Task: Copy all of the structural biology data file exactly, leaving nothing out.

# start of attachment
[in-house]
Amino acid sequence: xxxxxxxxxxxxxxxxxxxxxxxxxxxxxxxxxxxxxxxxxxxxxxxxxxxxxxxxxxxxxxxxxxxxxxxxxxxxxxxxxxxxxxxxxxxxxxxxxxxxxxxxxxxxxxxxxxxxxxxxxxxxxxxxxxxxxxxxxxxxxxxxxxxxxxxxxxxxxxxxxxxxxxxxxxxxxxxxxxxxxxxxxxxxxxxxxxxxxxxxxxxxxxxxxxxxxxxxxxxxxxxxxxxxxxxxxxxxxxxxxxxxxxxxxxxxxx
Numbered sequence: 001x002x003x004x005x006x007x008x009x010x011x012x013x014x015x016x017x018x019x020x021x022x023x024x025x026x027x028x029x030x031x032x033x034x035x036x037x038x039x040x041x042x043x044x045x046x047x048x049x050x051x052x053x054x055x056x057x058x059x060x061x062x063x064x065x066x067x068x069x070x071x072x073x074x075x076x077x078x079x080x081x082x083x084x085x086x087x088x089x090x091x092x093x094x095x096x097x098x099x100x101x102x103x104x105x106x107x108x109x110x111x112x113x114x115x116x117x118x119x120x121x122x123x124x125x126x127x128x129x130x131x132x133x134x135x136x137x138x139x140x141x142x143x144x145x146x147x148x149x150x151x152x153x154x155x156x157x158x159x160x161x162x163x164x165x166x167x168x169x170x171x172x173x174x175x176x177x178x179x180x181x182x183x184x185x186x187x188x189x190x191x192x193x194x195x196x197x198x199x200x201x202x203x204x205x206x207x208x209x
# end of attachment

[in-house]
Amino acid sequence: xxxxxxxxxxxxxxxxxxxxxxxxxxxxxxxxxxxxxxxxxxxxxxxxxxxxxxxxxxxxxxxxxxxxxxxxxxxxxxxxxxxxxxxxxxxxxxxxxxxxxxxxxxxxxxxxxxxxxxxxxxxxxxxxxxxxxxxxxxxxxxxxxxxxxxxxxxxxxxxxxxxxxxxxxxxxxxxxxxxxxxxxxxxxxxxxxxxxxxxxxxxxxxxxxxxxxxxxxxxxxxxxxxxxxxxxxxxxxxxxxxxxxxxxxxxxxx
Numbered sequence: 001x002x003x004x005x006x007x008x009x010x011x012x013x014x015x016x017x018x019x020x021x022x023x024x025x026x027x028x029x030x031x032x033x034x035x036x037x038x039x040x041x042x043x044x045x046x047x048x049x050x051x052x053x054x055x056x057x058x059x060x061x062x063x064x065x066x067x068x069x070x071x072x073x074x075x076x077x078x079x080x081x082x083x084x085x086x087x088x089x090x091x092x093x094x095x096x097x098x099x100x101x102x103x104x105x106x107x108x109x110x111x112x113x114x115x116x117x118x119x120x121x122x123x124x125x126x127x128x129x130x131x132x133x134x135x136x137x138x139x140x141x142x143x144x145x146x147x148x149x150x151x152x153x154x155x156x157x158x159x160x161x162x163x164x165x166x167x168x169x170x171x172x173x174x175x176x177x178x179x180x181x182x183x184x185x186x187x188x189x190x191x192x193x194x195x196x197x198x199x200x201x202x203x204x205x206x207x208x209x